How do We Warm the Hearts of Climate Sceptics?

How do We Warm the Hearts of Climate Sceptics?

Written by Roeland Dubèl

Artwork by Alec White

With the summer on its way, one weather record after another will fall again. The question is thus not if they will fall, but how many it will be this time. In the summer of 2022 for instance, 7,000 daily records were broken across the US, as well as 400 monthly records and 27 all-time records.[i] A marvellous performance, if it were to be the summer Olympics, but unfortunately so, we are discussing the structural rise in temperature on our beloved planet. And while it is a nice given that it is now easier to get a tan while relaxing on the beach, the consequences of climate change are imminent. Rising sea levels, consequent floods, droughts, forest fires, heat waves, insect outbreaks, decreasing biodiversity, decreasing food supply, more severe storms, melting of the ice caps, landslides, an increase in skin cancer patients and last but not least, inflation on the price of chocolate (droughts are namely increasingly plaguing cocoa production, the same by the way goes for coffee beans and wine grapes).[ii], [iii], [iv], [v], [vi], [vii] Then you begin to wonder whether it is worth the tan.

Although some still portray global warming as an external apocalypse, as something happening beyond us (read mankind), as being a natural fluctuation of time, that is a fairytale that belongs in a volume of the Brothers Grimm. After all, science has long known that climate change is happening, and that humans are directly connected to it. 97% of domain-related scientists are convinced that climate change is happening, a well-known figure.[viii] And quite coincidentally, climate change began to accelerate when humans started burning coal, at the time of the industrial revolution.[ix] Whereas ironically, climate sceptics and conspiracy advocates are all too happy to zoom in on coincidences, they however like to skip this one. Because sadly, not everyone believes in this scientific finding. Figures from the World Economic Forum (a Voldemort-like term for climate sceptics) show that roughly one third ofchange or does not even believe that the earth is warming at all.[x] Perhaps they should buy a thermostat. Again, we can hand out an Olympic (bronze) plaque to the US as being one of the countries housing the most climate sceptics[xi] (especially among those with a red sunburnt party colour,[xii] but more on this later).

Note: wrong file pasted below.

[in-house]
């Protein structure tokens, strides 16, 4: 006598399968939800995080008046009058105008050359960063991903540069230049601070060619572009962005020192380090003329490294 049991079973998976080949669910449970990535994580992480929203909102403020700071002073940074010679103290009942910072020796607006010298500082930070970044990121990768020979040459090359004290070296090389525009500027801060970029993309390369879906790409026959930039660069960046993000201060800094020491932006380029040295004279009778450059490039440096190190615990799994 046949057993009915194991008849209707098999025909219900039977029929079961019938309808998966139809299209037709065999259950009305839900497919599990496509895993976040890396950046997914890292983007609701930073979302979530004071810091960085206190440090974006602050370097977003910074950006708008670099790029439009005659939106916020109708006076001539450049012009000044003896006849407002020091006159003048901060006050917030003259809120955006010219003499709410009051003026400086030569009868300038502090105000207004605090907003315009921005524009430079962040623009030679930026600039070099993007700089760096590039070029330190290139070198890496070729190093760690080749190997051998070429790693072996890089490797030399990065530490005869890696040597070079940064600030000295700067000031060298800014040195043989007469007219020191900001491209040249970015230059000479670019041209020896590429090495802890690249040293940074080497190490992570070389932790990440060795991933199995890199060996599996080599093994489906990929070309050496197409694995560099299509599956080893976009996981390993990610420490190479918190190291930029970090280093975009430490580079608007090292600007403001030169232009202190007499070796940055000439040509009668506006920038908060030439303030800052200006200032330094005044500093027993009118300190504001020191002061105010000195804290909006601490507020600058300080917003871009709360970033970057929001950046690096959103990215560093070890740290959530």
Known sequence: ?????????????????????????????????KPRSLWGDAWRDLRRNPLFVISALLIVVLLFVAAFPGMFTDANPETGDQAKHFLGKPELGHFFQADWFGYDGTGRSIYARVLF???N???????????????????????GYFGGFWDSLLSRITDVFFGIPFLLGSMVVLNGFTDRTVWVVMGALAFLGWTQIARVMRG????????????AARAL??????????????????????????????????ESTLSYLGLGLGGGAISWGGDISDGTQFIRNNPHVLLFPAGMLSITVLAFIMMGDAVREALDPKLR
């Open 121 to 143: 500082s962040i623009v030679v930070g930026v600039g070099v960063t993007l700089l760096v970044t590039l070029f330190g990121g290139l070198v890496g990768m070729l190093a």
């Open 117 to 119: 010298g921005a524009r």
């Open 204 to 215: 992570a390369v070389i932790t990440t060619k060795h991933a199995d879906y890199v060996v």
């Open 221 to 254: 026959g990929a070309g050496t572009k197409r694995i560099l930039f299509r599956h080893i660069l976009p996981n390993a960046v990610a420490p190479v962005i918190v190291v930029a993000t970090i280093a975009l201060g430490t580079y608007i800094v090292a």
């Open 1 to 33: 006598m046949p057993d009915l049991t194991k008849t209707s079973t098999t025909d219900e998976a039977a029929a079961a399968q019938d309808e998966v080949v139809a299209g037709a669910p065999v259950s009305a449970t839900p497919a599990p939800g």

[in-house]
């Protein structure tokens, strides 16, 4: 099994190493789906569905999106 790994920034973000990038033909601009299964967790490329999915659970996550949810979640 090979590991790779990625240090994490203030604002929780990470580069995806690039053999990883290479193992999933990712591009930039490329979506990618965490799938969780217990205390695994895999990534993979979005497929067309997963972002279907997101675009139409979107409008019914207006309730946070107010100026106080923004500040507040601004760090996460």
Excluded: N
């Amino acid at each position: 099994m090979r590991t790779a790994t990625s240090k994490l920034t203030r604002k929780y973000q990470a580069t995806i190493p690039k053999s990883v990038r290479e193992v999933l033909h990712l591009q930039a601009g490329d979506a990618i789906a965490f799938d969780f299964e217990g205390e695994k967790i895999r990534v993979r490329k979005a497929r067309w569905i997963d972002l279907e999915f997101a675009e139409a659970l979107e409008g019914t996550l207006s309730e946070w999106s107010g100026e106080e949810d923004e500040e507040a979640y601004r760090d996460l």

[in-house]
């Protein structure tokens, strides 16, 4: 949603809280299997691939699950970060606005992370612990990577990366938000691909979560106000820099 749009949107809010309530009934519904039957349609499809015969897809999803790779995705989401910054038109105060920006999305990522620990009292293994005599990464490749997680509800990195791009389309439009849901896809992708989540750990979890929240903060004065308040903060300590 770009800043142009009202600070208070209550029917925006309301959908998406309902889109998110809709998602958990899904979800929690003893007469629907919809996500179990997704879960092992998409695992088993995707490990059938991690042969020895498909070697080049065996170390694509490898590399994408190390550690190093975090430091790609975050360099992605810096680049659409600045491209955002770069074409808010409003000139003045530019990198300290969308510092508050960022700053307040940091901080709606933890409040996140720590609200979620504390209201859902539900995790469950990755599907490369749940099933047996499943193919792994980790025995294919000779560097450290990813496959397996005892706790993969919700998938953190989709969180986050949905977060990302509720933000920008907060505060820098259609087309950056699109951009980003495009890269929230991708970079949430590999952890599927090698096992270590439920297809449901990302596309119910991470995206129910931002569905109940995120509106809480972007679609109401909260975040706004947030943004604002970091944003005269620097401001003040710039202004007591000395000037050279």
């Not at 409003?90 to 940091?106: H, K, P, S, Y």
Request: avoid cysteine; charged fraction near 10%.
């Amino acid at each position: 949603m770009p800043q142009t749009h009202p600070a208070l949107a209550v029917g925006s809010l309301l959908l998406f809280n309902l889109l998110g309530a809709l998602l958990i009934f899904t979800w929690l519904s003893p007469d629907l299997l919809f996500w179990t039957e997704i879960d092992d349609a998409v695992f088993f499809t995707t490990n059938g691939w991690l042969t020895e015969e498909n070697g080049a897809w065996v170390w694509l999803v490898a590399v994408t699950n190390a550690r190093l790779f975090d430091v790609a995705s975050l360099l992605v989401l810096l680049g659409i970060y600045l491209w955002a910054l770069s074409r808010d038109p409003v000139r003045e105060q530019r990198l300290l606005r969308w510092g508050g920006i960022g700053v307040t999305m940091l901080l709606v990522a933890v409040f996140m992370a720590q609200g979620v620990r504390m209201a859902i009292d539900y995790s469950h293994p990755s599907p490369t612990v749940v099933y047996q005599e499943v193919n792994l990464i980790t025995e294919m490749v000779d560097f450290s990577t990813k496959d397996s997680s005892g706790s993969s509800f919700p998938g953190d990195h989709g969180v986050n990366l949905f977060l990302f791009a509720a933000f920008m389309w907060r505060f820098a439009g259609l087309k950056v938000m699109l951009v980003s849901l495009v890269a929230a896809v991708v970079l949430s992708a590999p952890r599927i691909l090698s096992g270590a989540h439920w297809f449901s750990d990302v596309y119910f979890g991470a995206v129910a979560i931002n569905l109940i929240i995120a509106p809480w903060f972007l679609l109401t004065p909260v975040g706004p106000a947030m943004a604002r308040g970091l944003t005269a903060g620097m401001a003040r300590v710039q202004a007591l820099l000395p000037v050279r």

With deniers on one side and climate advocates on the other, not only is the earth’s temperature heating up, but so is the debate. Globally, the number of climate demonstrations is increasing as the crow flies.[xiii] A lovely initiative, when individual citizens give up their time and effort to fight for the future. But let’s take a slightly more detached look at it. After all, what do these demonstrations really get us? We know from the literature on protests that they are almost always portrayed negatively in the media.[xiv] A phenomenon referred to as the protest paradigm. A thousand men can walk peacefully hand in hand in the name of nature, but all it takes is one troublemaker among them and it is the troublemaker who will dominate the headlines. After all, people are inherently attracted to negative information,[xv] this applies to everyone, to journalists but just as much to demonstrators (after all, you don’t go to the streets to denounce something good; no, you call attention to the negative development of the climate). Also, we know from the literature that demonstrations often have little political effect. Often only the immediate result is a symbolic Parliamentary question.[xvi] A politician who can briefly grab the shine that he/she also cares about the climate.

But surely the purpose of all these protests and similar outcries should be to get those who have distanced themselves from the scientific consensus, the climate sceptics, back into reality. To all get on the same page. Only then will there be support in society, a large enough electorate, who can appoint the politicians who do want to implement structural climate policies, as unfortunately many do not. Whereas thank God, we are increasingly able to conclude multilateral treaties to battle climate change, we seem however unable to come up with a coherent story to convince sceptics.